Home Blood / Hematology The Role of Vitamin K Antagonists in Managing Thrombosis in Myeloproliferative Neoplasms

The Role of Vitamin K Antagonists in Managing Thrombosis in Myeloproliferative Neoplasms


In a review published in Seminars in Thrombosis and Hemostasis, Deepa RJ Arachchillage, MD, and Mike Laffan, DM, of Imperial College London in the United Kingdom, examined the pathogenesis and management of thrombotic disease in patients with myeloproliferative neoplasms (MPNs). They found that lifelong oral anticoagulation with vitamin K antagonists (VKAs) remains the cornerstone of antithrombotic treatment. Currently, the role of direct-acting oral anticoagulants (DOACs) in this patient population is not established; thus, the authors recommended DOAC usage be tailored to each patient based on their individual risk for recurrent venous thromboembolism (VTE) and bleeding.

The pathogenesis of thrombosis in patients with MPNs is complex and multifactorial. Disease-related factors such as leukocytosis, erythrocytosis, and thrombocytosis, along with the presence of mutations in JAK2, can interact with nondisease, patient-related factors such as age, history of thrombotic events, obesity, and hypertension to increase risk for thrombotic events.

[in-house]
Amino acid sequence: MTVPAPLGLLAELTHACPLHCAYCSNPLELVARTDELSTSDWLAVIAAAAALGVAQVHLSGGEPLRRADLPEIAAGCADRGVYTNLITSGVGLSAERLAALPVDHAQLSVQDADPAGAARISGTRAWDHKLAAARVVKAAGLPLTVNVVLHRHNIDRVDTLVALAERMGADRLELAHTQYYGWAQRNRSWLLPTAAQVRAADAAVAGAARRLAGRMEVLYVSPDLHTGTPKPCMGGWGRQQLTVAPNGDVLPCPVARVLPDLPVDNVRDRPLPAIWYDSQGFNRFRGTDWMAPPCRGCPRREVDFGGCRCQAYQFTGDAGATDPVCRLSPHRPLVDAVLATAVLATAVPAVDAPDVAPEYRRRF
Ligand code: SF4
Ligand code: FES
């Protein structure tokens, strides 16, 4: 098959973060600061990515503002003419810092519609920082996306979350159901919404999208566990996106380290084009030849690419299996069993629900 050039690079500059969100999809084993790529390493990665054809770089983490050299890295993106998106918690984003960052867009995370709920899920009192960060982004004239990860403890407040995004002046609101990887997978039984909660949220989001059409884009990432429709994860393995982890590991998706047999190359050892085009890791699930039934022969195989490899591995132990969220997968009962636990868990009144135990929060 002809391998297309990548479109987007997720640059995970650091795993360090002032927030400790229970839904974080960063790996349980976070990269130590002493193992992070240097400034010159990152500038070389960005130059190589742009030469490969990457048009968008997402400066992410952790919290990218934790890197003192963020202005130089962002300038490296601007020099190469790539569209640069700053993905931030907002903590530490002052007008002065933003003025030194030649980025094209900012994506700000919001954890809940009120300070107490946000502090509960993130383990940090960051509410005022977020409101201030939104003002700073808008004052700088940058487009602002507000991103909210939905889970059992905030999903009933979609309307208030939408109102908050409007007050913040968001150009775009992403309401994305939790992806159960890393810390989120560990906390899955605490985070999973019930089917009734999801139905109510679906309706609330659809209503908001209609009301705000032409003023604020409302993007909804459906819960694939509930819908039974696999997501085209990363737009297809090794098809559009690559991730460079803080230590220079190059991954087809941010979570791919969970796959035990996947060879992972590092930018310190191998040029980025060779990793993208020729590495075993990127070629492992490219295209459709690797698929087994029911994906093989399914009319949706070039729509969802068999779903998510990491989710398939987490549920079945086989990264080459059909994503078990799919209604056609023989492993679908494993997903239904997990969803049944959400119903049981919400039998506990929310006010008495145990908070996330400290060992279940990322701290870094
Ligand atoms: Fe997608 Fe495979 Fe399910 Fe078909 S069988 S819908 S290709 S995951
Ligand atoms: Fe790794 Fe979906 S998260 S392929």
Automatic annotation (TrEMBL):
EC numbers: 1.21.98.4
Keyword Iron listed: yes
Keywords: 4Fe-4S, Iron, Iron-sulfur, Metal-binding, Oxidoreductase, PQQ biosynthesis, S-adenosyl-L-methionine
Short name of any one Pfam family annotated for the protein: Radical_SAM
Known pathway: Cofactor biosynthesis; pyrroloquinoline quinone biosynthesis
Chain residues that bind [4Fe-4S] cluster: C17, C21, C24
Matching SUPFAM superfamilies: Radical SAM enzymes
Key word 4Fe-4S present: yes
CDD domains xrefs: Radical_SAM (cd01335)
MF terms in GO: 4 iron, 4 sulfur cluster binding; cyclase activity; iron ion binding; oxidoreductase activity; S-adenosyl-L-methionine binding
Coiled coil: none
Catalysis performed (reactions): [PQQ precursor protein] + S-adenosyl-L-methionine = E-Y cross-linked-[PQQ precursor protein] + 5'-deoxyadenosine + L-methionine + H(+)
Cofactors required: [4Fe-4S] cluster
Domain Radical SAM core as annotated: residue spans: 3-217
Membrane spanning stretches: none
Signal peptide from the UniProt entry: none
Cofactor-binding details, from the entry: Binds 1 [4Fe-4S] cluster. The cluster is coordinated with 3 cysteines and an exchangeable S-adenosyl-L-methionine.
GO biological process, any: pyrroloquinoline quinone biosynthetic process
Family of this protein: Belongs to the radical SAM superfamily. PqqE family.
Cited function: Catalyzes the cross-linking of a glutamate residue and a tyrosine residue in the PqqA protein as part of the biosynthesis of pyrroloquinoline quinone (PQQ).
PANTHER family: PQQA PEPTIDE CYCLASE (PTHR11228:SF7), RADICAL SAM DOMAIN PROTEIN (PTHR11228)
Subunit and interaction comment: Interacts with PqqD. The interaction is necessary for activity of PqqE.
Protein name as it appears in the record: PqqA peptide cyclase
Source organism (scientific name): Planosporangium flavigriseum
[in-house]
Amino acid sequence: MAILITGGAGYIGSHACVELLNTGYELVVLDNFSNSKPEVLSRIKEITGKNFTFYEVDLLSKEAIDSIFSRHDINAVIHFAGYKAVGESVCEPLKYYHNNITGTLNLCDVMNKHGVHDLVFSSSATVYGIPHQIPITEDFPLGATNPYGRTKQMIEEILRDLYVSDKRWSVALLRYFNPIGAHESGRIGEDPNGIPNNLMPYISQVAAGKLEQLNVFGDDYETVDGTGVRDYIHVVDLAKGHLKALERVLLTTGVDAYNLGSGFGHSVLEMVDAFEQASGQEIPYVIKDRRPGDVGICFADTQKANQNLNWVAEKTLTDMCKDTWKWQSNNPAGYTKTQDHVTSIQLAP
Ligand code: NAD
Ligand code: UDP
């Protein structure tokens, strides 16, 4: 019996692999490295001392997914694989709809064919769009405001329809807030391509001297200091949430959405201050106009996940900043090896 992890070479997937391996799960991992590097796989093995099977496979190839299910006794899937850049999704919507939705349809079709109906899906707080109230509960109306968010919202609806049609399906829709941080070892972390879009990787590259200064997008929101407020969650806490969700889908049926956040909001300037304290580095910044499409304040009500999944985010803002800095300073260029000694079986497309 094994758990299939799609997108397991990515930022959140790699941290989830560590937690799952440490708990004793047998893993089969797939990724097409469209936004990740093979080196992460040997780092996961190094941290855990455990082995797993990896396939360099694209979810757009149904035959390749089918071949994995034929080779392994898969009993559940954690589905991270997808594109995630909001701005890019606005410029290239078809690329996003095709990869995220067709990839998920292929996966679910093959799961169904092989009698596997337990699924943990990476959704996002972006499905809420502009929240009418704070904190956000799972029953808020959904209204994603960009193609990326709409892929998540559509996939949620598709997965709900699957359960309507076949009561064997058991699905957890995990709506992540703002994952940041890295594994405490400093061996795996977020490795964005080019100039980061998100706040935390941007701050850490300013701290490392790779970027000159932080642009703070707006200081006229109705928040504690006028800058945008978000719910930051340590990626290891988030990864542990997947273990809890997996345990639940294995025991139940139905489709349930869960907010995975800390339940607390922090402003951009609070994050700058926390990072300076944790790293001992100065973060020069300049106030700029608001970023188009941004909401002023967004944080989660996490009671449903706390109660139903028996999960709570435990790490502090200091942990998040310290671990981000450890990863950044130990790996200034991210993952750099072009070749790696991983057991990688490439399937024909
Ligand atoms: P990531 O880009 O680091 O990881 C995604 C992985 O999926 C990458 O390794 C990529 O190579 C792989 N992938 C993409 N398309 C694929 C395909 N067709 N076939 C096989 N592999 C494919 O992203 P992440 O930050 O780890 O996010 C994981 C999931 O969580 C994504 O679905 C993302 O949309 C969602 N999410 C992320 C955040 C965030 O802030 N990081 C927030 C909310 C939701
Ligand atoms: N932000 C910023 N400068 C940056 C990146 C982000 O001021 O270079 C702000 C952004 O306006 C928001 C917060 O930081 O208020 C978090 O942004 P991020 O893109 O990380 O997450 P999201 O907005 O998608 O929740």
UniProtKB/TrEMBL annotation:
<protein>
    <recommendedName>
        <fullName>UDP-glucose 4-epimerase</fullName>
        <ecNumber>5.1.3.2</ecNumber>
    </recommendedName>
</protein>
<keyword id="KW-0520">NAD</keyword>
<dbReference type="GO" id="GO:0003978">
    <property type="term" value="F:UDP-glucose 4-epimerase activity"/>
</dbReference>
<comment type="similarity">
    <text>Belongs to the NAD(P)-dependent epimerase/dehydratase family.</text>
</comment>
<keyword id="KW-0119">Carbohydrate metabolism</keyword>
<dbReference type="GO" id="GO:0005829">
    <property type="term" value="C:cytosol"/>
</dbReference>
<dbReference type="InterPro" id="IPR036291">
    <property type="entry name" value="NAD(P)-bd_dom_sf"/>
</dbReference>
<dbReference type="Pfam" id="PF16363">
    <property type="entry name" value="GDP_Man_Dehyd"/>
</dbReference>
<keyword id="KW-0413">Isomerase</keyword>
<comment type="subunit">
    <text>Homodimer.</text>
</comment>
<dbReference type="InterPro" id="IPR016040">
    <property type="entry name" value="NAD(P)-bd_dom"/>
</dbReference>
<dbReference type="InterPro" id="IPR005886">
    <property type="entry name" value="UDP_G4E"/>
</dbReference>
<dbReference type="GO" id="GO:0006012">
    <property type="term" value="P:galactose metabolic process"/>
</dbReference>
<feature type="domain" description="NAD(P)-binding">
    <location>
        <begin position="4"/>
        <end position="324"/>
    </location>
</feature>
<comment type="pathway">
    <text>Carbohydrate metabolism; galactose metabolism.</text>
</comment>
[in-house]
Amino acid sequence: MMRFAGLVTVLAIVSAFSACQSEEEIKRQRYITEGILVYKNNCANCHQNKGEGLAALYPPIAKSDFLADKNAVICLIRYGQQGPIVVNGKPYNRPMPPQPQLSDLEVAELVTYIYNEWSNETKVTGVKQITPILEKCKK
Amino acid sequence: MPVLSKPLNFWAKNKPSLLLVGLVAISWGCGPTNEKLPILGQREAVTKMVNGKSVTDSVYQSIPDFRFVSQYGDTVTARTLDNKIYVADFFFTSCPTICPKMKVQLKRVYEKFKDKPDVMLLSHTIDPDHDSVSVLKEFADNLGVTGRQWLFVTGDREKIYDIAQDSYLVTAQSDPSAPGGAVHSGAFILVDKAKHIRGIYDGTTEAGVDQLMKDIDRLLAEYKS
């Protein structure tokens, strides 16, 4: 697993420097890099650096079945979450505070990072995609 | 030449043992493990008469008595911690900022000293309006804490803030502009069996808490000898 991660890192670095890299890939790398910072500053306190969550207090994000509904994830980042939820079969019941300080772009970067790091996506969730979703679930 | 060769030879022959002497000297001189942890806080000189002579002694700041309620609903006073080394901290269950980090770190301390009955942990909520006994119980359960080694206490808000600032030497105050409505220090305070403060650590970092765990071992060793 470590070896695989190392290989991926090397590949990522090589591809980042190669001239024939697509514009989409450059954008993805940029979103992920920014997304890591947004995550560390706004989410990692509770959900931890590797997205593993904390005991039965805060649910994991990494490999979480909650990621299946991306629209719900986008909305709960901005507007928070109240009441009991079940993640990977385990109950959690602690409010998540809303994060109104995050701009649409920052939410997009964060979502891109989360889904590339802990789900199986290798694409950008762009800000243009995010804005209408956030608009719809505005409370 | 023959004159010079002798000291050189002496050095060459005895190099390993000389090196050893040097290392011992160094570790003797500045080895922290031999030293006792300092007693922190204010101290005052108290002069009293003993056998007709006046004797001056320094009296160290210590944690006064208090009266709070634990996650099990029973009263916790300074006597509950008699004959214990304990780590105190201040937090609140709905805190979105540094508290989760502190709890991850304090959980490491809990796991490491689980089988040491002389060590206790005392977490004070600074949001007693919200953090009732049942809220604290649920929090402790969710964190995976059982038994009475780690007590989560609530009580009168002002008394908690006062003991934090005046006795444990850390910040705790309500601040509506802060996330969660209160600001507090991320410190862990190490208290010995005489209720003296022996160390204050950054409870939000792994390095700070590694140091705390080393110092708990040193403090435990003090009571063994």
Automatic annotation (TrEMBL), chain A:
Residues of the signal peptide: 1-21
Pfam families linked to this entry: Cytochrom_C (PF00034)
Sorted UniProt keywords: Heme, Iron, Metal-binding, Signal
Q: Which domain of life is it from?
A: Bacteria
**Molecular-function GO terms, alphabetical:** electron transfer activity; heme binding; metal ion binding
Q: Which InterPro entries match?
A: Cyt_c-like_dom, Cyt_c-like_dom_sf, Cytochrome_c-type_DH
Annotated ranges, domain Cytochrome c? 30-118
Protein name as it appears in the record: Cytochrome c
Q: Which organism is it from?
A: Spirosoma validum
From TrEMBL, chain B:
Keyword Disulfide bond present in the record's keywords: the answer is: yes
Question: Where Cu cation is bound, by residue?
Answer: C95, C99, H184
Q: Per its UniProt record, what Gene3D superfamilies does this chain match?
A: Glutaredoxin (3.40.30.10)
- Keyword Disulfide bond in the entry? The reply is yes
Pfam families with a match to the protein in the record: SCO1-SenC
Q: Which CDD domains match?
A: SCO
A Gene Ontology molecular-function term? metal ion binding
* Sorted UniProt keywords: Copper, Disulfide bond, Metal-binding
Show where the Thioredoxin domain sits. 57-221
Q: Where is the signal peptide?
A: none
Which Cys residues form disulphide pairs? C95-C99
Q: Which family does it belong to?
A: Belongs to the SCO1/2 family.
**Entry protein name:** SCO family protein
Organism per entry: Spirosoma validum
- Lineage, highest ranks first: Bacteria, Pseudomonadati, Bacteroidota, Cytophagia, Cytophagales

In particular, the V617F mutation in JAK2 that is found in the majority of patients with MPNs can cause abnormalities in red and white blood cells and platelets, leading to increased thrombotic risk. “The risk for thrombosis in patients with JAK2 V617F mutation is at least twice higher compared with patients with CALR mutations,” the authors wrote.

Treating Thrombosis at Usual Sites

At usual sites, such as deep vein thrombosis (DVT) of the legs and pulmonary embolism (PE), recurrent thrombosis after first VTE was found to occur at a rate of 6.0 to 6.5 per 100 patient-years in patients with MPNs, which was significantly higher than the estimated rate of 2.7 to 3.7 per 100 patient-years in patients without MPNs. “Although there is a strong association between MPNs and thrombosis of both venous and arterial systems, many general practice physicians fail to identify [that] link,” wrote the authors.

Treatment of venous thrombosis at usual sites should involve anticoagulation with low-molecular-weight heparin (LMWH) and early initiation of VKA treatment. Treatment of arterial thrombosis, on the other hand, is less well understood. The optimal approach to treating arterial thrombosis must be tailored to each patient but typically includes treatment with low-dose aspirin or the ADP-receptor antagonist clopidogrel, though the role of clopidogrel for long-term prevention of MPN-related arterial thrombosis has not been thoroughly investigated.

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